This illustration made available by SpaceX depicts the company’s Crew Dragon capsule and Falcon 9 rocket.

SpaceX is set to mark a huge milestone in its own history, with a first-ever crewed spaceflight set to take off from Cape Canaveral in Florida. The mission is Commercial Crew Demo-2, the culmination of its Crew Dragon human spacecraft development program that will carry NASA astronauts Doug Hurley and Bob Behnken to the International Space Station.

 

 

 

It is the first U.S. human rocket launch since the end of the Space Shuttle program in 2011. NASA undertook the Commercial Crew program in 2010 to seek public-private partnerships to return its launch capabilities, eventually selecting both NASA and Boeing to design and develop spacecraft rated for human flight. SpaceX is the first from this program to make a crewed launch attempt.

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But perhaps most significantly, it is the first time in 17 years that anyone has launched a new type of spaceship to carry humans to Earth orbit (see ‘How humans have reached orbit’).

“This is a whole new way of sending people to space,”

– Robert Cabana, a former NASA astronaut who is now director of the Kennedy Space Center in Florida.

The uncrewed SpaceX Crew Dragon spacecraft became the first Commercial Crew vehicle to visit the International Space Station in March 2019 during NASA’s SpaceX Demo-1 mission. Here it is pictured on March 3, 2019, with its nose cone open to reveal its docking mechanism while approaching the station’s Harmony module. Photo credit: NASA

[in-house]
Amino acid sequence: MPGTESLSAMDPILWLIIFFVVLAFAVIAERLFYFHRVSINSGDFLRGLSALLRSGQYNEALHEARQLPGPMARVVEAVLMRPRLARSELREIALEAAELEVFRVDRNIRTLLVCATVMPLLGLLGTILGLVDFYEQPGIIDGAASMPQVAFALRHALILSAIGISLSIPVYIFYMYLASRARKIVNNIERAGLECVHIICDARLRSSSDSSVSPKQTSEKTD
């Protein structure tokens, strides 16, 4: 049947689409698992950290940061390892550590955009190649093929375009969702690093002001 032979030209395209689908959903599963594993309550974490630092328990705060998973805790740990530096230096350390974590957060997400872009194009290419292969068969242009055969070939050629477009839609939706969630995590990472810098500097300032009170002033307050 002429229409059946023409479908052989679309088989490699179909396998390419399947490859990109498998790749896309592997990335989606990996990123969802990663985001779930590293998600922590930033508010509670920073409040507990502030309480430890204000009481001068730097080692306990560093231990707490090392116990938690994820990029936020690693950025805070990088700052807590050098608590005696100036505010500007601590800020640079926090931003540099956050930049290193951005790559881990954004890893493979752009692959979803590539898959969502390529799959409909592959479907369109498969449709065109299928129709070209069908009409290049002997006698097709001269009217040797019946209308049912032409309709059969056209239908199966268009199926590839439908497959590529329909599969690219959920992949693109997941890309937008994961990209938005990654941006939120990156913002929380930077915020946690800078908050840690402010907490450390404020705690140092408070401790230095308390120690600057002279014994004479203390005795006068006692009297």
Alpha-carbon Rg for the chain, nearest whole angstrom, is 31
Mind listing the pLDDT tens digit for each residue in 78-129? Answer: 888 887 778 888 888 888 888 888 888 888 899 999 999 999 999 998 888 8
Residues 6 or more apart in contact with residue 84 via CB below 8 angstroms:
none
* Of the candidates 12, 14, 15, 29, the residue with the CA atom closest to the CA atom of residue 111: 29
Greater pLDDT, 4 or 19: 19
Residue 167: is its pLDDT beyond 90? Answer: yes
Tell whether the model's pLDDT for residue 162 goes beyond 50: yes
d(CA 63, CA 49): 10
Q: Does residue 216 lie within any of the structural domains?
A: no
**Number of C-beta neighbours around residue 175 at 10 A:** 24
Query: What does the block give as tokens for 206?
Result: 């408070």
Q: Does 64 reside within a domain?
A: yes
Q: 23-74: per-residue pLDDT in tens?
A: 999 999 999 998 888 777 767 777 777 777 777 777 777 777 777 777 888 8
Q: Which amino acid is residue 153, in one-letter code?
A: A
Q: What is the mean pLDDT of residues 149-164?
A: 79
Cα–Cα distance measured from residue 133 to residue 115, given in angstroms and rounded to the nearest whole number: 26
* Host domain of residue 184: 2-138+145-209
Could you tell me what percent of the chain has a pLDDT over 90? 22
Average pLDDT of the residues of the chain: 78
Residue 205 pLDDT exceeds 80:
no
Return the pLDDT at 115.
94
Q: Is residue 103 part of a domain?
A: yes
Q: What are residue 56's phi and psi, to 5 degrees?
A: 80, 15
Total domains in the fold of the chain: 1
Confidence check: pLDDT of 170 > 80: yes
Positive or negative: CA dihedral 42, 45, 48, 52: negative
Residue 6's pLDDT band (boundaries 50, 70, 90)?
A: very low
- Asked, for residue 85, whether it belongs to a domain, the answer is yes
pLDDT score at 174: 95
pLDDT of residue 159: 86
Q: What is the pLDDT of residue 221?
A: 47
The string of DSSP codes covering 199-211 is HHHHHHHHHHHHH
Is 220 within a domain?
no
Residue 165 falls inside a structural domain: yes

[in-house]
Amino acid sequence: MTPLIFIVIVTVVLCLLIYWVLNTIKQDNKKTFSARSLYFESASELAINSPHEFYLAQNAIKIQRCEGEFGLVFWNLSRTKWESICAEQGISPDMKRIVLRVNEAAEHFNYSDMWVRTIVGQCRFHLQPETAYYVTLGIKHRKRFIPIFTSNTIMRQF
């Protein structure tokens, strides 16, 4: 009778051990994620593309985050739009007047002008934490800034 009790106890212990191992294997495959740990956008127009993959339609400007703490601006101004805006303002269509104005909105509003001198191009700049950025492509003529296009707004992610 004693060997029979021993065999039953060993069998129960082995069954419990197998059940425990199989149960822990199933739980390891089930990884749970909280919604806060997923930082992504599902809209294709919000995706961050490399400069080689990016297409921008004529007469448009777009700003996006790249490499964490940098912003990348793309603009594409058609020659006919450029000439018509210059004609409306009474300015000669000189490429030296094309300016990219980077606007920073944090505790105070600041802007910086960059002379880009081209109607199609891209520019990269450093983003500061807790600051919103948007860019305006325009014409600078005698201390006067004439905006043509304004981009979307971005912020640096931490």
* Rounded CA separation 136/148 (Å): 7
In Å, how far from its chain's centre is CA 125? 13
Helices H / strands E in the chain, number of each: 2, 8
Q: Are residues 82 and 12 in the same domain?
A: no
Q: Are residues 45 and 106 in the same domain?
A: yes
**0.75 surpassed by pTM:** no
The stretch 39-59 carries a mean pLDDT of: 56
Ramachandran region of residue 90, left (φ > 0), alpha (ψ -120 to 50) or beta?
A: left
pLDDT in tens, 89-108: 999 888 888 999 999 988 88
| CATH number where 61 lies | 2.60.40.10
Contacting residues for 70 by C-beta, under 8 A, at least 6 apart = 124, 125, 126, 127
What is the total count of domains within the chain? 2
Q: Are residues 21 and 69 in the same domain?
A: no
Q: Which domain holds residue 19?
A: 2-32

NASA astronauts Doug Hurley and Bob Behnken familiarize themselves with SpaceX’s Crew Dragon, the spacecraft that will transport them to the International Space Station as part of NASA’s Commercial Crew Program. Photo credit: SpaceX

NASA administrator Jim Bridenstine said that while the administration had concerns at the start of its partnership with SpaceX about fueling the rocket while astronauts were aboard, he’s been assured of its capabilities over the last few years.

The flight is the first really big step for commercial enterprise to take up the mantle from what has been an exclusive endeavor with only governments participating.

“What NASA did, when we came up with this program to launch commercially: We did not say how to design your vehicle. We did not tell them how to do it,”

“What we said is, ‘Here are the top-line requirements for capability and the top-line requirements for safety. And you need to prove to us, through your engineering prowess, you need to prove to us how you’re going to achieve those end states.’”

– Jim Bridenstine

Next Live Events
(all times EDT)

4:33 p.m. – Liftoff
5:22 p.m. – Crew Dragon phase burn
6:05 p.m. – Far-field manual flight test
7:05 p.m. – Astronaut downlink event from Crew Dragon